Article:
5,000 acres marked for wheat production in Rupununi
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AS Guyana continues to advance local and regional food security, some 5000 acres of land in Region Nine (Upper Takutu-Upper Essequibo) has been earmarked for wheat production.
Speaking exclusively with the Guyana Chronicle on the subject, Agriculture Minister, Zulfikar Mustapha, said the initiative here will commence by the end of this month. Back in May, Guyana received 49 lines of wheat from the Government of Mexico to start a trial phase.

“By the end of July, we will start a trial of 5000 acres of wheat in Region Nine, and I am very optimistic that [it] will be successful,” Minister Mustapha said, adding: “Once that is successful then Guyana will do it on a larger scale first to produce our own wheat and then produce for the [Caribbean] Region.”

Following up on what he called an already successful indoor trial, Mustapha said there are other trials ongoing which utilise wheat from the 49 lines of wheat provided by Mexico.
The indoor trial, which explored several varieties, was completed at the Burma Rice Station in Mahaicony, Region Five (Mahaica-Berbice). Minister Mustapha said he was optimistic that the outdoor trial, too, will be a success.

Meanwhile, the Agriculture Minister said Brazil could also be a supplier of wheat aiding in Guyana’s trial and production.
“We had discussions with the Brazilians and they want to help us also. So, I am going there to meet with them soon,” Mustapha said.

Agriculture Minister, Zulfikar Mustapha

Wheat prices have skyrocketed globally. To ease the negative economic impact felt locally, President, Dr Irfaan Ali, in March, had announced that Guyana is exploring the possibility of sourcing a variety of wheat for local production.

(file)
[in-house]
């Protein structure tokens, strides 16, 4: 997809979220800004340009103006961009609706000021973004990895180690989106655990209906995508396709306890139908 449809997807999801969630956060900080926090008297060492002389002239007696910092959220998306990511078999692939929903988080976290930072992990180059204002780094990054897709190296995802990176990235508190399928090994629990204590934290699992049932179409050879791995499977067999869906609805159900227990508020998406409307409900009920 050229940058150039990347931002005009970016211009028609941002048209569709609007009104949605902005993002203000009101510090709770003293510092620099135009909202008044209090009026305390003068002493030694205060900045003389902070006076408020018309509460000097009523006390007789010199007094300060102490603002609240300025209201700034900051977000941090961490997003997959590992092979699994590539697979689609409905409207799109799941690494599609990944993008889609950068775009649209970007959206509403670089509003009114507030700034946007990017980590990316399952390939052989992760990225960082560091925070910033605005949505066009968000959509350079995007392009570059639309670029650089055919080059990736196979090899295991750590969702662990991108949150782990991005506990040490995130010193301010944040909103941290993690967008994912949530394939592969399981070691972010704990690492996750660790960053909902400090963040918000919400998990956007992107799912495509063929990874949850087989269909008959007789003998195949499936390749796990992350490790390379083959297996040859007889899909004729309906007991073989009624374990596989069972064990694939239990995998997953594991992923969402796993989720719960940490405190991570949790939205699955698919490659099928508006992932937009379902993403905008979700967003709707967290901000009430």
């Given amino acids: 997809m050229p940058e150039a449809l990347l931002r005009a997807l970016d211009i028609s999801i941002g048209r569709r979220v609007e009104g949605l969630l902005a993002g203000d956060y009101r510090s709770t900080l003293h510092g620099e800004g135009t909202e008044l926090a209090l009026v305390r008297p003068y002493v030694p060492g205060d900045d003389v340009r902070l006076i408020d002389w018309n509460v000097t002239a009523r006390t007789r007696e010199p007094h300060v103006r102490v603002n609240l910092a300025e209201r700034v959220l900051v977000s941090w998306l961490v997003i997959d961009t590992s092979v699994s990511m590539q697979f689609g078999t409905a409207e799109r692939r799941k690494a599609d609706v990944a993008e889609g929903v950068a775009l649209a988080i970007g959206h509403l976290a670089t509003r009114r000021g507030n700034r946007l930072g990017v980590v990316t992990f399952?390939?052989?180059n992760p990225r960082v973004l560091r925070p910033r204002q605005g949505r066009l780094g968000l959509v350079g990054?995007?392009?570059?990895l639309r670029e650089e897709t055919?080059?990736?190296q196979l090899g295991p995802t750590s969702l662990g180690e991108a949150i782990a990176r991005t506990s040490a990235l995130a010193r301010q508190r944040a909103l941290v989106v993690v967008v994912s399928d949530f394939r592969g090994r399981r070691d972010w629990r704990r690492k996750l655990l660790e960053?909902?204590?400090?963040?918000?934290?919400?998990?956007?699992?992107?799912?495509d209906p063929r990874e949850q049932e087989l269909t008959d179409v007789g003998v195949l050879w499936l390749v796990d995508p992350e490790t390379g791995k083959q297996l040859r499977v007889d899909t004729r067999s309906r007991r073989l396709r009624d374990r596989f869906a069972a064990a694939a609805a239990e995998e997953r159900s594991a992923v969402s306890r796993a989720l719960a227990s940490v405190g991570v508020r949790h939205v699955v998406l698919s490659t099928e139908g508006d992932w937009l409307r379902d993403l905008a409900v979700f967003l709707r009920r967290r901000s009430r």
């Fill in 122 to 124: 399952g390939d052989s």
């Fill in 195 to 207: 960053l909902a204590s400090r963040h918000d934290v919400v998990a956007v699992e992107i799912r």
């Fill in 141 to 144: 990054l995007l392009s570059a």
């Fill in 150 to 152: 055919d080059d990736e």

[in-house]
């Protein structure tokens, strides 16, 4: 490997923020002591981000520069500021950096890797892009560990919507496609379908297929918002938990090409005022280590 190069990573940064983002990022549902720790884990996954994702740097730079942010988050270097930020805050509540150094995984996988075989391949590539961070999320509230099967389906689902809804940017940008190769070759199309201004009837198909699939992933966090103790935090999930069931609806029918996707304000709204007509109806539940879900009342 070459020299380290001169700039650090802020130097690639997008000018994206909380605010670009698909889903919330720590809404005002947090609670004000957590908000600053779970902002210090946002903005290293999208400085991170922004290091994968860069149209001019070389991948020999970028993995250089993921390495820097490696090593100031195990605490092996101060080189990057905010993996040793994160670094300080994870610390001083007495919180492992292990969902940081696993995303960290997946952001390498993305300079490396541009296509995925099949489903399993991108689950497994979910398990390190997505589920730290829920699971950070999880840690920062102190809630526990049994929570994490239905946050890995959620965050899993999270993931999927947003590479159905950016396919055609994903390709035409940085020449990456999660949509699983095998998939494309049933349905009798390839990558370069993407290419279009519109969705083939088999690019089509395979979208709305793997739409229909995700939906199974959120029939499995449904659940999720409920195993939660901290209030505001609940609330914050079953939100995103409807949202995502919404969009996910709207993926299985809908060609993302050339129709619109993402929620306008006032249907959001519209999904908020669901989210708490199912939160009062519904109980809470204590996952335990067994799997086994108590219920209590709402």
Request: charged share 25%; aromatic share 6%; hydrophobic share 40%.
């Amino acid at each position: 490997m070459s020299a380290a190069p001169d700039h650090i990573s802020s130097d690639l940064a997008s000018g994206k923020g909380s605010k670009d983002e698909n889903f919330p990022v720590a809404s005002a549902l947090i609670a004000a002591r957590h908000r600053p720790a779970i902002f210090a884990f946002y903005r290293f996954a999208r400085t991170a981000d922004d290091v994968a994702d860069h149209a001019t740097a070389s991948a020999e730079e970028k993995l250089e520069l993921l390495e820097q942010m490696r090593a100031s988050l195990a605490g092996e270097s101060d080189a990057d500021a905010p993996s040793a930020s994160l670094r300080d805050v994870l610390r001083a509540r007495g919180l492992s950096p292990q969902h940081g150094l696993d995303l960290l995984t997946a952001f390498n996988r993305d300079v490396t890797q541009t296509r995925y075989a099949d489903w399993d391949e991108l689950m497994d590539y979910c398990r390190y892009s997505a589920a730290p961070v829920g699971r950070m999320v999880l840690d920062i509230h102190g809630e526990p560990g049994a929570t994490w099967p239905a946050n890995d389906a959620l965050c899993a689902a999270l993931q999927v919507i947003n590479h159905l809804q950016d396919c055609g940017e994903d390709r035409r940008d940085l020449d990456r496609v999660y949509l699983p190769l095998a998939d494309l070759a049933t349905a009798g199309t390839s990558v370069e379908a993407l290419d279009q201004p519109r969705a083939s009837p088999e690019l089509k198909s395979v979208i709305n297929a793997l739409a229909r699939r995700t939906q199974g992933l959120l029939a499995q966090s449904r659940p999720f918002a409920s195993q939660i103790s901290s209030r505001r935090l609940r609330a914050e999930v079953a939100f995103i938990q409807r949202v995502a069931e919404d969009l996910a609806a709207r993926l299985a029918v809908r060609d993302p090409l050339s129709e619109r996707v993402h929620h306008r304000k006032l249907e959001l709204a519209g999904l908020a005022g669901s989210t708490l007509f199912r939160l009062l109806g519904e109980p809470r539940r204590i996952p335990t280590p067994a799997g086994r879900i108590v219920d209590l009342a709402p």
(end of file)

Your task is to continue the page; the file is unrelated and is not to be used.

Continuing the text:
The surge in wheat and other commodity prices is as a result of a number of global factors including the war in Ukraine. Russia and Ukraine account for approximately 30 per cent of the world’s traded wheat.
“Soon, we are going to work to see whether we can find a variety of wheat that we can plant in Guyana, so that we can fulfill even our local requirement,” President Ali had said earlier this year. “We are learning important lessons now that we must not leave unanswered for future generations,” His Excellency noted.

The Guyanese Head of State lamented that both the COVID-19 pandemic and the war have led to supply-chain disruptions, which have major economic implications.
The pandemic, in some instances, has increased the cost of goods and services between 20 and 145 per cent, while the increased cost of logistics, primarily shipping, has caused increases in food prices by as much as 200 per cent.

Meanwhile speaking about the objective of the wheat trials in a previous interview, Minister Mustapha said the aim is to have Guyana become self-sufficient by removing dependence on imports.
He said: “We are very determined! And as long as the trial is successful, we will be going to produce our own wheat because we can’t depend too much on imports… [A]s a country, we have to ensure that we produce our own food and be self-sufficient.”

He acknowledged that the pandemic played a major role in the epiphany.
“We can have all the money in the world and we would have seen during the pandemic how many countries were suffering to get food because there was a scarcity,” Mustapha reflected. “And in Guyana, we are very fortunate that we produce most of the food that we consume,” he continued.

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